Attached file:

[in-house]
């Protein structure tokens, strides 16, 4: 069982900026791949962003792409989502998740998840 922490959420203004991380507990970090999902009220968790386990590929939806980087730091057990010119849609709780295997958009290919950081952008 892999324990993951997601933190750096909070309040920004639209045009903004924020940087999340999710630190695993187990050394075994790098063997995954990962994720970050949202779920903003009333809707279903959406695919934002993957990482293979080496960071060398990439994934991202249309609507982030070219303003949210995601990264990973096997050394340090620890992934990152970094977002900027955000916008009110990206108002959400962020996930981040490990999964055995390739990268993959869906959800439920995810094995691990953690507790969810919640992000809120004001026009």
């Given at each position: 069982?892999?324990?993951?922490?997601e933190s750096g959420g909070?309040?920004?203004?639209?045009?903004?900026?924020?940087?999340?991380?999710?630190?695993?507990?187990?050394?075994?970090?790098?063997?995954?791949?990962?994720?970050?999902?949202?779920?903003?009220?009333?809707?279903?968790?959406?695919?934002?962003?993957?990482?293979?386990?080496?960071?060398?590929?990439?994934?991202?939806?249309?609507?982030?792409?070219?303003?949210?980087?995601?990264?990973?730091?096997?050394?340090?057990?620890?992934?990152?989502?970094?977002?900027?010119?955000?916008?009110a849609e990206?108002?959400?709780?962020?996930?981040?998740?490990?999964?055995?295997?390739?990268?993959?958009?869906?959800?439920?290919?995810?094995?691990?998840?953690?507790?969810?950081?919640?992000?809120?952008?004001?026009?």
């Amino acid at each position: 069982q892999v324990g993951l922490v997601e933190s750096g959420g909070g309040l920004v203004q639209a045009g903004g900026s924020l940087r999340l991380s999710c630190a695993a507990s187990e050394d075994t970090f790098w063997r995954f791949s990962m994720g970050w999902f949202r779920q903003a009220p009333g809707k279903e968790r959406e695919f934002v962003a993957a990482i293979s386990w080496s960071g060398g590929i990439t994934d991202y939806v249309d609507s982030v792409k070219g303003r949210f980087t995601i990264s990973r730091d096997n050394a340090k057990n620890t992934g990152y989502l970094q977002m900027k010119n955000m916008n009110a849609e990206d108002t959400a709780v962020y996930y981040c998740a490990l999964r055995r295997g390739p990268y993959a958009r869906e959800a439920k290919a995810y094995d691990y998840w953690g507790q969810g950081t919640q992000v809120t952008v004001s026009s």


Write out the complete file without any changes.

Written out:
[in-house]
């Protein structure tokens, strides 16, 4: 069982900026791949962003792409989502998740998840 922490959420203004991380507990970090999902009220968790386990590929939806980087730091057990010119849609709780295997958009290919950081952008 892999324990993951997601933190750096909070309040920004639209045009903004924020940087999340999710630190695993187990050394075994790098063997995954990962994720970050949202779920903003009333809707279903959406695919934002993957990482293979080496960071060398990439994934991202249309609507982030070219303003949210995601990264990973096997050394340090620890992934990152970094977002900027955000916008009110990206108002959400962020996930981040490990999964055995390739990268993959869906959800439920995810094995691990953690507790969810919640992000809120004001026009």
């Given at each position: 069982?892999?324990?993951?922490?997601e933190s750096g959420g909070?309040?920004?203004?639209?045009?903004?900026?924020?940087?999340?991380?999710?630190?695993?507990?187990?050394?075994?970090?790098?063997?995954?791949?990962?994720?970050?999902?949202?779920?903003?009220?009333?809707?279903?968790?959406?695919?934002?962003?993957?990482?293979?386990?080496?960071?060398?590929?990439?994934?991202?939806?249309?609507?982030?792409?070219?303003?949210?980087?995601?990264?990973?730091?096997?050394?340090?057990?620890?992934?990152?989502?970094?977002?900027?010119?955000?916008?009110a849609e990206?108002?959400?709780?962020?996930?981040?998740?490990?999964?055995?295997?390739?990268?993959?958009?869906?959800?439920?290919?995810?094995?691990?998840?953690?507790?969810?950081?919640?992000?809120?952008?004001?026009?």
């Amino acid at each position: 069982q892999v324990g993951l922490v997601e933190s750096g959420g909070g309040l920004v203004q639209a045009g903004g900026s924020l940087r999340l991380s999710c630190a695993a507990s187990e050394d075994t970090f790098w063997r995954f791949s990962m994720g970050w999902f949202r779920q903003a009220p009333g809707k279903e968790r959406e695919f934002v962003a993957a990482i293979s386990w080496s960071g060398g590929i990439t994934d991202y939806v249309d609507s982030v792409k070219g303003r949210f980087t995601i990264s990973r730091d096997n050394a340090k057990n620890t992934g990152y989502l970094q977002m900027k010119n955000m916008n009110a849609e990206d108002t959400a709780v962020y996930y981040c998740a490990l999964r055995r295997g390739p990268y993959a958009r869906e959800a439920k290919a995810y094995d691990y998840w953690g507790q969810g950081t919640q992000v809120t952008v004001s026009s």